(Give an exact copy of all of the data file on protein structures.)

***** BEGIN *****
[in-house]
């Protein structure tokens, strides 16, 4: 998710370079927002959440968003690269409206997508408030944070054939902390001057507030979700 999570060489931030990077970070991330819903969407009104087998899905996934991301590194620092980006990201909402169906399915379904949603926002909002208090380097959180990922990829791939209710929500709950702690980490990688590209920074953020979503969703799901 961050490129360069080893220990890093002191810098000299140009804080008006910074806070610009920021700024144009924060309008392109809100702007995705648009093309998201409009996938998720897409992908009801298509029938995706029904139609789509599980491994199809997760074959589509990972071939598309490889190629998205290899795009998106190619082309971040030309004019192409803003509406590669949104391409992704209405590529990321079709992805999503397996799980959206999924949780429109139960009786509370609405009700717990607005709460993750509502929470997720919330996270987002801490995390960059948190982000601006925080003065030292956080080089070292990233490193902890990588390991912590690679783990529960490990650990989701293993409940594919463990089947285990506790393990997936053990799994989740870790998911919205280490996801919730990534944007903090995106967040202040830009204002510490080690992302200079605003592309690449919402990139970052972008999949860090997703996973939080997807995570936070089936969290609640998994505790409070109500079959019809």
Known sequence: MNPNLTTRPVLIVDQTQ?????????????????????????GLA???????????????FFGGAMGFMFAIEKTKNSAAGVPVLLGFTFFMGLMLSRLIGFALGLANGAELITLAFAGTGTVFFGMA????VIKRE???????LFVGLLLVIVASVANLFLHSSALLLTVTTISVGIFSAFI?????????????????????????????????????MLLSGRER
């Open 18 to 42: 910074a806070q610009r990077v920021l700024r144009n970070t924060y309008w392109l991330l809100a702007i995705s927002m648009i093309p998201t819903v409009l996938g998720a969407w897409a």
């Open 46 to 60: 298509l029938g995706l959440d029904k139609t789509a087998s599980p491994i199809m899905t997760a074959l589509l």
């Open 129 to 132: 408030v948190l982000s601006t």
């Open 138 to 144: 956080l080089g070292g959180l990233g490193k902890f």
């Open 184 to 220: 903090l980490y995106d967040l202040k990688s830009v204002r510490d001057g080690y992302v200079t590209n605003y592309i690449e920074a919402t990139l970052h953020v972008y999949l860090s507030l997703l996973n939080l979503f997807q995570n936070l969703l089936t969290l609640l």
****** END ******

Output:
[in-house]
């Protein structure tokens, strides 16, 4: 998710370079927002959440968003690269409206997508408030944070054939902390001057507030979700 999570060489931030990077970070991330819903969407009104087998899905996934991301590194620092980006990201909402169906399915379904949603926002909002208090380097959180990922990829791939209710929500709950702690980490990688590209920074953020979503969703799901 961050490129360069080893220990890093002191810098000299140009804080008006910074806070610009920021700024144009924060309008392109809100702007995705648009093309998201409009996938998720897409992908009801298509029938995706029904139609789509599980491994199809997760074959589509990972071939598309490889190629998205290899795009998106190619082309971040030309004019192409803003509406590669949104391409992704209405590529990321079709992805999503397996799980959206999924949780429109139960009786509370609405009700717990607005709460993750509502929470997720919330996270987002801490995390960059948190982000601006925080003065030292956080080089070292990233490193902890990588390991912590690679783990529960490990650990989701293993409940594919463990089947285990506790393990997936053990799994989740870790998911919205280490996801919730990534944007903090995106967040202040830009204002510490080690992302200079605003592309690449919402990139970052972008999949860090997703996973939080997807995570936070089936969290609640998994505790409070109500079959019809």
Known sequence: MNPNLTTRPVLIVDQTQ?????????????????????????GLA???????????????FFGGAMGFMFAIEKTKNSAAGVPVLLGFTFFMGLMLSRLIGFALGLANGAELITLAFAGTGTVFFGMA????VIKRE???????LFVGLLLVIVASVANLFLHSSALLLTVTTISVGIFSAFI?????????????????????????????????????MLLSGRER
């Open 18 to 42: 910074a806070q610009r990077v920021l700024r144009n970070t924060y309008w392109l991330l809100a702007i995705s927002m648009i093309p998201t819903v409009l996938g998720a969407w897409a």
């Open 46 to 60: 298509l029938g995706l959440d029904k139609t789509a087998s599980p491994i199809m899905t997760a074959l589509l």
């Open 129 to 132: 408030v948190l982000s601006t």
């Open 138 to 144: 956080l080089g070292g959180l990233g490193k902890f």
């Open 184 to 220: 903090l980490y995106d967040l202040k990688s830009v204002r510490d001057g080690y992302v200079t590209n605003y592309i690449e920074a919402t990139l970052h953020v972008y999949l860090s507030l997703l996973n939080l979503f997807q995570n936070l969703l089936t969290l609640l």